Verses 12 and 13 are sung by the Hitchcock family, of which we have a 90 minute CD. I made an OT CD and a NT CD for our car, but I prefer Mr. E to the Hitchcocks, so I filled the car CDs with Mr. E songs and only included the longer verses by the Hitchcocks to fill up the CDs to the full 80 minutes. These verses are on the car CD. The CD is 80 minutes, as I said, and you would think that would last a long time, but living 20 minutes from church means we go through the whole CD in two trips. I put the CD in there about a month or so ago, so if you assume we only drive the car to and from church, that means I've listened to this song 7 or 8 times in the past month. Yesterday was the first time something hit me about these verses.
I have always, always thought "I can do all things..." was a super general verse, written for anyone facing a difficult task. Which I'm sure it still is. But as I sang the words to verse 12, how to be abased, how to abound, to be full, to be hungry, to abound, to suffer need...Those are some difficult things to do, not to mention doing them all at the same time! (And if you remember from verse 11, these are the situations we need to be content in.)
I don't know about you, but I HATE to speak in public. Only with Christ's strength am I ever able to actually speak in public. As much as I need His strength for that, though, I think that I need His strength so many times more to be content in an abased, hungry, and "in need" state. Isn't that really the hardest thing our sinful souls could be asked to do? Be content no matter what? So out of all the commands in the entire Bible, isn't it interesting that God chose here to place His promise of Christ's strength?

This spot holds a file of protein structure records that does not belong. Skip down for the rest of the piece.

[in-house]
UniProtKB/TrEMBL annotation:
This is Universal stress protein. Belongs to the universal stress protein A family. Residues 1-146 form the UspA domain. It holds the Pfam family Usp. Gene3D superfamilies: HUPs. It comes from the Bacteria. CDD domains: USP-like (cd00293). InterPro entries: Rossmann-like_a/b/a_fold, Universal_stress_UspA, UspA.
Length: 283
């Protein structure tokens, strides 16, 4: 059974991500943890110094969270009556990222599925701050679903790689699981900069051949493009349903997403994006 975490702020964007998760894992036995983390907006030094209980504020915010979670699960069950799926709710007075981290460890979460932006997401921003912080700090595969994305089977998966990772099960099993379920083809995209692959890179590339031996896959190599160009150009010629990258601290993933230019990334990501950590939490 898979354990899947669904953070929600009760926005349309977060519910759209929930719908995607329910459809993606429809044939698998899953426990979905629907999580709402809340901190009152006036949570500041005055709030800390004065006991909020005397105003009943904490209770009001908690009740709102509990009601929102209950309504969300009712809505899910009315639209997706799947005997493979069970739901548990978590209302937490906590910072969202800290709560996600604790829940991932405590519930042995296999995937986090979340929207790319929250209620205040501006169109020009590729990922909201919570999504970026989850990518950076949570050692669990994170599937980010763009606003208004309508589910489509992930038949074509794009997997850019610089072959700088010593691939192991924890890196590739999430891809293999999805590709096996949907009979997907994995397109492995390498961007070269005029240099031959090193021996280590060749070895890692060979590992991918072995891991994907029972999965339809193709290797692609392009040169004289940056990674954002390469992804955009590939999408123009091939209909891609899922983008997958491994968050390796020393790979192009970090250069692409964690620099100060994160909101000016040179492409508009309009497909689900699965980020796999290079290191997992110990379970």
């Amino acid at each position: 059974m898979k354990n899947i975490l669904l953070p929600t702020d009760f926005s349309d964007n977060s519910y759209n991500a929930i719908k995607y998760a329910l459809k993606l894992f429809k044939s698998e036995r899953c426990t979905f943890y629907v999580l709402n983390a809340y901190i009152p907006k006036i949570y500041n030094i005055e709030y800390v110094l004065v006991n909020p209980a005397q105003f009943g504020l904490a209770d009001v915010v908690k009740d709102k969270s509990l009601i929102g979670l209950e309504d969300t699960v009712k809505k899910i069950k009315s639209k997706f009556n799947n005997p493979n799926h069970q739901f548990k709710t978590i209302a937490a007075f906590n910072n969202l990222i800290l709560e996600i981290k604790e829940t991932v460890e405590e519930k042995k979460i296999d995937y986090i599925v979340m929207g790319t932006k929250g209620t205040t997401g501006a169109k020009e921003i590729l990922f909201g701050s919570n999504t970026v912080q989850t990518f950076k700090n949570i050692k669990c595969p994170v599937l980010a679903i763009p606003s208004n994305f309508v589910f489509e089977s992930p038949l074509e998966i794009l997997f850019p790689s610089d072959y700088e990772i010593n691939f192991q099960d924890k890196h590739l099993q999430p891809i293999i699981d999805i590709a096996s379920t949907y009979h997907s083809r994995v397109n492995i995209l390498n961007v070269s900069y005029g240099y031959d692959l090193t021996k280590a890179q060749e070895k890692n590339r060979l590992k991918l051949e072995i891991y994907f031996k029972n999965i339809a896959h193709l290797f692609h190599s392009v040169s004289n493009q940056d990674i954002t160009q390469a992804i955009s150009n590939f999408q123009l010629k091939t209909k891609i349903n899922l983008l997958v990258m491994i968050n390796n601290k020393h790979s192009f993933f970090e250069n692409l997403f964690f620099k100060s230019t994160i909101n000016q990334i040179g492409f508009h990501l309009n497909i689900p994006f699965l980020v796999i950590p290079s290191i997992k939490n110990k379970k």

I used to not like Paul, because I felt that he was over-preached, but I'm beginning to see that he had some pure gold nuggets. In my devotions starting this Saturday (tomorrow), I will be reading through Galatians to Colossians, and I will be keeping my eyes (and heart) peeled for more treasures like this one.
Sunday--Ezekiel 36. Israel has not done what is right, but God restores her. He makes it very clear, however, that He does it for His own name's sake, not for Israel. When God gives me good things to enjoy in life, I need to remember that He does it so others can see He is the Lord, not because I deserve it in any way.
Monday--Ezekiel 37. I love this phrase from verse 23: "I will save them out of all their dwellingplaces, wherein they have sinned, and will cleanse them: so shall they be my people, and I will be their God." After everything Israel and Judah have done, God still loves them and wants them as His! What a calm it is to me to know that He loves me just as much.
Tuesday--Ezekiel 38. God brought destruction to Gog so Israel would know He is God. God shows Himself in everything. I need to keep my eyes peeled.
Wednesday--Ezekiel 39. This chapter is chock full of words. I mean, not just words, but cool, funny words. "Stop the noses of the passengers" and "all of them fatlings". It reminds me that just because you're talking about serious stuff doesn't mean you can't be creative with your words. Not uber-spiritual, but I consider this God's way of helping me with certain aspects of my writing.